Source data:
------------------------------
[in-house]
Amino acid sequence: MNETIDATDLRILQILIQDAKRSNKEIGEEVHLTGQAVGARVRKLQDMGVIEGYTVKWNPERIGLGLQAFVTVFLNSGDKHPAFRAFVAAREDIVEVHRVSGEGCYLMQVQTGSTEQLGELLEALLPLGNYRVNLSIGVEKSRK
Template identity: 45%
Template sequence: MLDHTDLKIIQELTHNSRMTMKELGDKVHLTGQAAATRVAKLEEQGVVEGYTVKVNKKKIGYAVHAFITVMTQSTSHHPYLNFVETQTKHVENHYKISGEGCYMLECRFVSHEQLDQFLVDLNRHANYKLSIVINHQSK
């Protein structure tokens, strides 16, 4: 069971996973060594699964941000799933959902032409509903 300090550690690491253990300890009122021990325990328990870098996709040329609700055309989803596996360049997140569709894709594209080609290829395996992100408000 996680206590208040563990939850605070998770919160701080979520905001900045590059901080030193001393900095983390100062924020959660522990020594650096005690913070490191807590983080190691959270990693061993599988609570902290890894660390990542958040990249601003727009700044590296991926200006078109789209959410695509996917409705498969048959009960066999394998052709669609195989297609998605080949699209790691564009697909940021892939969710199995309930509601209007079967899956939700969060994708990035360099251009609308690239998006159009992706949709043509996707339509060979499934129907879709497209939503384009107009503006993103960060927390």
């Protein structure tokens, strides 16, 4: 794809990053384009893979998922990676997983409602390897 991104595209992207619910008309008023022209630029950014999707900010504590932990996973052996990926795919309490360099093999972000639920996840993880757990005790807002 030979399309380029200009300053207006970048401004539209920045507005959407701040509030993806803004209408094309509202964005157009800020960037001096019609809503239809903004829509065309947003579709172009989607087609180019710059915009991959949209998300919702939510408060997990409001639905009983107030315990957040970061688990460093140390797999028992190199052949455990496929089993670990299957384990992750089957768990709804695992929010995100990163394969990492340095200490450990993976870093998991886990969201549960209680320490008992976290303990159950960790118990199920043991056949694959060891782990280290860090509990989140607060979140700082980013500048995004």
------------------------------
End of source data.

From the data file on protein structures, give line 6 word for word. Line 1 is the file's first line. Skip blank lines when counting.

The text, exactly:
């Protein structure tokens, strides 16, 4: 794809990053384009893979998922990676997983409602390897 991104595209992207619910008309008023022209630029950014999707900010504590932990996973052996990926795919309490360099093999972000639920996840993880757990005790807002 030979399309380029200009300053207006970048401004539209920045507005959407701040509030993806803004209408094309509202964005157009800020960037001096019609809503239809903004829509065309947003579709172009989607087609180019710059915009991959949209998300919702939510408060997990409001639905009983107030315990957040970061688990460093140390797999028992190199052949455990496929089993670990299957384990992750089957768990709804695992929010995100990163394969990492340095200490450990993976870093998991886990969201549960209680320490008992976290303990159950960790118990199920043991056949694959060891782990280290860090509990989140607060979140700082980013500048995004």